The Columbia Chronicle

Activists oppose historic hospital demolition

By The Columbia Chronicle

October 15, 2012

Time is drawing near for a decision on the fate of the old Prentice Women’s Hospital.In a little more than two weeks, preservationists will choose between Northwestern University’s need to enlarge its biomedical research facilities and those who argue  that the old Prentice is such a key element of Chicago’s architectural history that it must not be demolished.The building, which is at 333 E. Superior St., and was b...

Two Columbia students create video game with positive message

By Ivana Hester

October 8, 2012

Video games are sometimes criticized for obscene or vulgar content, but two Columbia students have created a socially conscious game that encourages players to step outside their comfort zone—literally.“A Fitting” is an interactive video game meant to parallel the real life challenges of people who struggle with societal acceptance, according to creators, Amanda Dittami, interactive arts & media alumna, and Blair Kuhlman, senior IAM major.Dittami ...

Farmworkers protest Cultivate Fest

By Dannis Valera

September 24, 2012

On Saturday, Sept. 15, the Coalition of Immokalee Workers (CIW) staged a protest at Chipotle's Cultivate Festival in Lincoln Park. The CIW is a Florida farmworker organization that developed the Fair Food Program, a partnership between farmworkers, tomato growers, and ten leading food corporations--Chipotle has not signed to be a part of the program.At the protest, the CIW and their allies criticized Chipotle, saying the c...

Caravan for Peace marches through Chicago

By Dannis Valera

September 10, 2012

The Caravan for Peace marched through Chicago’s Little Village earlier this week calling for changes in policy and strategy concerning the war on drugs.The caravan first started Aug. 11, after crossing the Otay Border into San Diego. In total, the caravan will travel through 26 cities and will eventually end up in Washington, D.C., Sept. 12.Mexican poet Javier Sicilia started the caravan because of the loss of his son, J...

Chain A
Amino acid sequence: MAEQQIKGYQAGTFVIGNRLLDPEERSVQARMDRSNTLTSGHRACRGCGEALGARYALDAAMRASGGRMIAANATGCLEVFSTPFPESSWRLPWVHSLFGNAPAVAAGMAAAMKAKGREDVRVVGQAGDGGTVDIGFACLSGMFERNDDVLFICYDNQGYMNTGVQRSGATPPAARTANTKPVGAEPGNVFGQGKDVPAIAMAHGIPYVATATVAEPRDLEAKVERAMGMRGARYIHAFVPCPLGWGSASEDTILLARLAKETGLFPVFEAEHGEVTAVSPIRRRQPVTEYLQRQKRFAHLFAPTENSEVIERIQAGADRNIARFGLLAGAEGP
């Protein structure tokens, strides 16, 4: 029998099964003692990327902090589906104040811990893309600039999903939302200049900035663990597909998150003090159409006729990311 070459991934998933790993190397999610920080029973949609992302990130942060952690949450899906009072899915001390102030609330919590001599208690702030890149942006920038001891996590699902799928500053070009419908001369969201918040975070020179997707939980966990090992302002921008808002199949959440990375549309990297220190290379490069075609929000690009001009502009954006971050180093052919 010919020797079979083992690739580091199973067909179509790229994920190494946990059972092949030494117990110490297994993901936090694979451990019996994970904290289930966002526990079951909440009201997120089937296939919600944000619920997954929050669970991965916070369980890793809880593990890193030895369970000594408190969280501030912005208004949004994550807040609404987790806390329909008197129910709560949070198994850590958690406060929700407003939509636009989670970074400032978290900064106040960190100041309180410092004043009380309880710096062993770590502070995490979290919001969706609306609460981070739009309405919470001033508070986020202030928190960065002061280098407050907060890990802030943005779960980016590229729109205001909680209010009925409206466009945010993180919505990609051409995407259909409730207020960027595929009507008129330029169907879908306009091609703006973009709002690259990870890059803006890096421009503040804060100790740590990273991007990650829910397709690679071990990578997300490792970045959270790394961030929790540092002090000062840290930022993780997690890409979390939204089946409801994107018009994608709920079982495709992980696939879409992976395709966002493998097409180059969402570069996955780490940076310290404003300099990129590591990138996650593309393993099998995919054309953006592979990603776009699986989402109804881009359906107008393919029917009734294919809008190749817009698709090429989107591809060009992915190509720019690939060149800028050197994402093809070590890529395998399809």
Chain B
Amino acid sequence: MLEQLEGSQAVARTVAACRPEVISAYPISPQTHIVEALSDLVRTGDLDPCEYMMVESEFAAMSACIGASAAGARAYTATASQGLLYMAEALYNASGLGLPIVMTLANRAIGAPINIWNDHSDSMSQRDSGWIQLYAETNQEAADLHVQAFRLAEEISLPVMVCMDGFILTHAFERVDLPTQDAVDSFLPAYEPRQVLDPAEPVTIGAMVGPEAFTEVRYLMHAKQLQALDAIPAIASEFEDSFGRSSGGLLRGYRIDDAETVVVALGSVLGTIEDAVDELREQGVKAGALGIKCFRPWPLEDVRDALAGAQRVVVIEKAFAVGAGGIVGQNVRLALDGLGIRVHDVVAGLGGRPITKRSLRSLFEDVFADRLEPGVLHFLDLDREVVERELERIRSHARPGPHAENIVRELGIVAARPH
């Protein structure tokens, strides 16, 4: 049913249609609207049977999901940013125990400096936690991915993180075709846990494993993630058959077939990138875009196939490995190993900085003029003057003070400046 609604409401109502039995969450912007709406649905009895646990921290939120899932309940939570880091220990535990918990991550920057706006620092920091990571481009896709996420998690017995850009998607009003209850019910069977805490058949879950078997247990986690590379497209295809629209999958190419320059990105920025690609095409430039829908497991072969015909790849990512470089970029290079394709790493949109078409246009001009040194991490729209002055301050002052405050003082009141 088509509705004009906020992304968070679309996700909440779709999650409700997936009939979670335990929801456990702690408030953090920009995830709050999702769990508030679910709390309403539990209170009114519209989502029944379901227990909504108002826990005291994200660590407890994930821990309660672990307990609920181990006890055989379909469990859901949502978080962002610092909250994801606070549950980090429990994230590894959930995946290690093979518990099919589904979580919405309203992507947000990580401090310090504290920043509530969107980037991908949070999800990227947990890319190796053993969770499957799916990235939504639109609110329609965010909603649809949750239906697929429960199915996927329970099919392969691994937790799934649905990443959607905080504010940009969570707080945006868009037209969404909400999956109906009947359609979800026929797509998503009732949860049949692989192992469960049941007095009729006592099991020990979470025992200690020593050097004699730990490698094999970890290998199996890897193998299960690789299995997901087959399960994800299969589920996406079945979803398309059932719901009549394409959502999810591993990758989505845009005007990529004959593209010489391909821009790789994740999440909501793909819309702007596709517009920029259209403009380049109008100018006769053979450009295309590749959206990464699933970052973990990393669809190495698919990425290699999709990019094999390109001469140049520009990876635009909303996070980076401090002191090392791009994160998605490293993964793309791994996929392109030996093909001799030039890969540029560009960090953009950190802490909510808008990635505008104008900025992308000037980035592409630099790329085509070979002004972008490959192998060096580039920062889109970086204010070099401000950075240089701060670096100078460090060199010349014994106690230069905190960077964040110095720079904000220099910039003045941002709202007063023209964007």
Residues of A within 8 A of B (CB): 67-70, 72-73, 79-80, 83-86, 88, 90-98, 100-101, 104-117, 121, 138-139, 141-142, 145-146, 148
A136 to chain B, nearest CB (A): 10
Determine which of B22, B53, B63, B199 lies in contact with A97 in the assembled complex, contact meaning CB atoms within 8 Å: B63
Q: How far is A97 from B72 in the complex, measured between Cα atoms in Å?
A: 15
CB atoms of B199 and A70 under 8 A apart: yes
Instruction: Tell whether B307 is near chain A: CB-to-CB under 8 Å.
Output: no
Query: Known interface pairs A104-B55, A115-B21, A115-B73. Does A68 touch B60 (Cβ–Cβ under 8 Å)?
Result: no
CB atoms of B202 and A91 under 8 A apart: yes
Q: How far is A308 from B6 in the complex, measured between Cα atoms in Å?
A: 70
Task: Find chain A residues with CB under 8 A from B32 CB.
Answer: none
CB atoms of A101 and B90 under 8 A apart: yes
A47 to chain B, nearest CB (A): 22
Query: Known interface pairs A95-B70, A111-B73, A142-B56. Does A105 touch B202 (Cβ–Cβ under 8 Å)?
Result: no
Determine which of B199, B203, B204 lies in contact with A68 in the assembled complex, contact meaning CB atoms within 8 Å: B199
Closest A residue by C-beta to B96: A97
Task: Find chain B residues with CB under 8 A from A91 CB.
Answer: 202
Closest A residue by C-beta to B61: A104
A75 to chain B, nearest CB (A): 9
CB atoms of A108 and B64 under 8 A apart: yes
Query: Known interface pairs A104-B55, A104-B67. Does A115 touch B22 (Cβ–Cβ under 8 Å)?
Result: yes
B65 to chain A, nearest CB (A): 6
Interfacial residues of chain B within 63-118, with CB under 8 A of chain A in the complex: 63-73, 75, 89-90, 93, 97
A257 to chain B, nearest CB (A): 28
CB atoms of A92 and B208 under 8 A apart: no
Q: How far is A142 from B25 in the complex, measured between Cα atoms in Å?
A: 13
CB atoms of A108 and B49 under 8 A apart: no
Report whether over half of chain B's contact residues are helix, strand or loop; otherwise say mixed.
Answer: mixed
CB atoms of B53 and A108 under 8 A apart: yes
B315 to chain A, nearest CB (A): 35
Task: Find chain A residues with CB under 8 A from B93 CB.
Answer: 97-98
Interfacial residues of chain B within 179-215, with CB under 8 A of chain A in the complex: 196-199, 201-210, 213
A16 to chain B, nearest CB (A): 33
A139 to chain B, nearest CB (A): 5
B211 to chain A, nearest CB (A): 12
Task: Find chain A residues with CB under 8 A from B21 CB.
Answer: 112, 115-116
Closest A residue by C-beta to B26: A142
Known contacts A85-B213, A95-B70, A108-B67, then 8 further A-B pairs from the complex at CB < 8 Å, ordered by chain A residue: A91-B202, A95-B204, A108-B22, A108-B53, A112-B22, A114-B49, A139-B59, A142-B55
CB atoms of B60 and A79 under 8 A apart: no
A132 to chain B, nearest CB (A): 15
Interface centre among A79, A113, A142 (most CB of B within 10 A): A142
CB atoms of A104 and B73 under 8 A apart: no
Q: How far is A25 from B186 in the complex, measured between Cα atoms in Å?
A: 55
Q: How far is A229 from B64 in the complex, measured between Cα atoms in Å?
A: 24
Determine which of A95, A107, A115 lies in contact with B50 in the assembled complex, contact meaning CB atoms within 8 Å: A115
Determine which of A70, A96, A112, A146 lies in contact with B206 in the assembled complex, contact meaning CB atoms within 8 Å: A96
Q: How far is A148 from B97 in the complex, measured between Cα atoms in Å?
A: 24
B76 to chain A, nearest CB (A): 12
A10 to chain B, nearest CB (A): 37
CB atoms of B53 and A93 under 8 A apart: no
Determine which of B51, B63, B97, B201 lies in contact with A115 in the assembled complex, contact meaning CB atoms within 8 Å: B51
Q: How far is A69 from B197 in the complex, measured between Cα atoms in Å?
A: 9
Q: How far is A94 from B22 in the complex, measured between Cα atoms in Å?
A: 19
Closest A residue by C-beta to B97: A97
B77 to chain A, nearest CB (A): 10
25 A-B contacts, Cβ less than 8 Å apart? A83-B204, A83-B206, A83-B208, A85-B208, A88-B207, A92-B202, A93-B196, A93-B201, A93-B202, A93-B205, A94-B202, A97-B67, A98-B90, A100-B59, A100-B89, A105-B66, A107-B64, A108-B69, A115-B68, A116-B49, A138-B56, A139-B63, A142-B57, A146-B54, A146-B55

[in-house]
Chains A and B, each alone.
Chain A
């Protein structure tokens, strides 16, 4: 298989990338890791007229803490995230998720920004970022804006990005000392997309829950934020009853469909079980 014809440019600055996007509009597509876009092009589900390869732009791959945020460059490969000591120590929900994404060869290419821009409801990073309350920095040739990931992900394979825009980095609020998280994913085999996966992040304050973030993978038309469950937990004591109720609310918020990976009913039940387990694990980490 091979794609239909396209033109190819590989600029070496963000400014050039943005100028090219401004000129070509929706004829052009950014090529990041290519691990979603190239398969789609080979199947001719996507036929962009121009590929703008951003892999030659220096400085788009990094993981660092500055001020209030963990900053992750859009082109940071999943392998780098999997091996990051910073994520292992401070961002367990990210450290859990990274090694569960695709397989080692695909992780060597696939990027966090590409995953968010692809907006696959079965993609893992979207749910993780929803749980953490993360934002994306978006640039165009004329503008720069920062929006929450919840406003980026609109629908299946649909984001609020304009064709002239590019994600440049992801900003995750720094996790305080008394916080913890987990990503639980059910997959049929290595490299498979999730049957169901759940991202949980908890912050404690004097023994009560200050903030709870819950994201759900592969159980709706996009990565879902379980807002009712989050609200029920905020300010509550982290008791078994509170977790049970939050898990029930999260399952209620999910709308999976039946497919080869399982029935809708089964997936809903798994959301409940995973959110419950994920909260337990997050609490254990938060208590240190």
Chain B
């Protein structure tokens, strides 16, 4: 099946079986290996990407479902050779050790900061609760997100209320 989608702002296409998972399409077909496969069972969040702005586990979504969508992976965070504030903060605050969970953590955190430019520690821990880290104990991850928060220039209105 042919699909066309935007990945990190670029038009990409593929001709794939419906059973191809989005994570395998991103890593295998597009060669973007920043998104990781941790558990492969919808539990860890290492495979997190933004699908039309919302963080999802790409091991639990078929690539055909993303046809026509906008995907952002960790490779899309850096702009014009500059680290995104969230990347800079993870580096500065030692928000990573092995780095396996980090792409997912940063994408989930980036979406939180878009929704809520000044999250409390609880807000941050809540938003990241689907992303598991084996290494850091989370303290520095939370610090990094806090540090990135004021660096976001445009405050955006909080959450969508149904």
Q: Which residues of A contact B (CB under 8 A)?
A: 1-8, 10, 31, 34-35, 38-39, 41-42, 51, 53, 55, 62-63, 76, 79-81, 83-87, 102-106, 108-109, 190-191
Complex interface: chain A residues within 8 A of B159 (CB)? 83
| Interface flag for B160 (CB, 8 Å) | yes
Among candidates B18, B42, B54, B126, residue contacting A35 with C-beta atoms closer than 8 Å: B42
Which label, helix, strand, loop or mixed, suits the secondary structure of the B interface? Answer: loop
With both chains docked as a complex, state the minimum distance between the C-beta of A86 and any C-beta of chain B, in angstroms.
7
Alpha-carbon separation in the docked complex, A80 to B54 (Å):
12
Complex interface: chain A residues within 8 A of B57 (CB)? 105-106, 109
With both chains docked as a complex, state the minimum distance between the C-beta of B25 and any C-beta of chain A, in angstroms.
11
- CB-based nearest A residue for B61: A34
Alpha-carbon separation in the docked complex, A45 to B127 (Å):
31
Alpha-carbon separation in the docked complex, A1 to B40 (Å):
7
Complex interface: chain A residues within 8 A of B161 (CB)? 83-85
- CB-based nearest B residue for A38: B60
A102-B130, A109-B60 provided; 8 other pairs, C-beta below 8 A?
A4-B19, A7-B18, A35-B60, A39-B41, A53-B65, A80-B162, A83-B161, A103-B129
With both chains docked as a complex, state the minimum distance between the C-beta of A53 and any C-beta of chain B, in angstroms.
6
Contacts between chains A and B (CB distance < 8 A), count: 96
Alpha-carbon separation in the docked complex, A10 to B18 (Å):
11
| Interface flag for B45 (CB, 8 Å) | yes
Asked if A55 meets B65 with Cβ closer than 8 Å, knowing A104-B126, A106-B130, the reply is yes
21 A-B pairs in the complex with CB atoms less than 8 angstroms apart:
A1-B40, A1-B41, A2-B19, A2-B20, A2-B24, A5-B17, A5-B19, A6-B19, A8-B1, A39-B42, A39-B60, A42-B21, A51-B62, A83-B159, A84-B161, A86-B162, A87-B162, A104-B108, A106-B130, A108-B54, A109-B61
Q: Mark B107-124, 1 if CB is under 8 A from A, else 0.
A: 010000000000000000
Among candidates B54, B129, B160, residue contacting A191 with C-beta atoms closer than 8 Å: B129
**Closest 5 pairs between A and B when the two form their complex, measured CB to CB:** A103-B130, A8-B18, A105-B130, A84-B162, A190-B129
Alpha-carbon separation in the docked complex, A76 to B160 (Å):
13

One Tribe’s Tunnel Of Oppression 2012

By Estefania Martinez

February 20, 2012

The Columbia Chronicle got a sneak peak into the planning of One Tribe's, "Tunnel Of Oppression," event. The event aims to activate your senses and call attention to every day injustices that happen in our world. "Tunnel Of Oppression" will be held on March 14 and 15 in Multicultural Affairs - 618 S. Michigan, 4th floor.

Silence of the tweets

By Luke Wilusz

February 6, 2012

Twitter made an announcement in the past couple of weeks that it would begin to cooperate with world governments and censor certain tweets in countries where they have been deemed illegal. Google has also implemented similar country-specific censoring measures in its Blogger service. These actions have sparked outrage from bloggers, activists and free speech advocates around the globe.However, while I could never condone censorshi...